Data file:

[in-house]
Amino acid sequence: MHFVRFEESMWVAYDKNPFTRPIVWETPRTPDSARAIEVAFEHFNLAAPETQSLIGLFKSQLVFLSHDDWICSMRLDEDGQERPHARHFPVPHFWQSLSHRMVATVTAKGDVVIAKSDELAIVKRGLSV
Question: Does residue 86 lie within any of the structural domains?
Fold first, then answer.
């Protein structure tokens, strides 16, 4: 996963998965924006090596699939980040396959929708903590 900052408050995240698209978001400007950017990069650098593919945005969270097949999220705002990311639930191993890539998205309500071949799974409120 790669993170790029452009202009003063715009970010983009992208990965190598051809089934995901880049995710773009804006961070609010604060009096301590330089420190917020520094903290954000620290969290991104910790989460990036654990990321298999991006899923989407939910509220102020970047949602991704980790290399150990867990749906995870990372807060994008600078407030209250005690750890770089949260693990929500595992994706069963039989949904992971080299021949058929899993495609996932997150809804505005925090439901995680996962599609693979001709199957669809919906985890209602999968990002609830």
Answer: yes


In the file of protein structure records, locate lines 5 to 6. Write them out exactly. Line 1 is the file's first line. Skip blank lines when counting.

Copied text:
């Protein structure tokens, strides 16, 4: 996963998965924006090596699939980040396959929708903590 900052408050995240698209978001400007950017990069650098593919945005969270097949999220705002990311639930191993890539998205309500071949799974409120 790669993170790029452009202009003063715009970010983009992208990965190598051809089934995901880049995710773009804006961070609010604060009096301590330089420190917020520094903290954000620290969290991104910790989460990036654990990321298999991006899923989407939910509220102020970047949602991704980790290399150990867990749906995870990372807060994008600078407030209250005690750890770089949260693990929500595992994706069963039989949904992971080299021949058929899993495609996932997150809804505005925090439901995680996962599609693979001709199957669809919906985890209602999968990002609830």
Answer: yes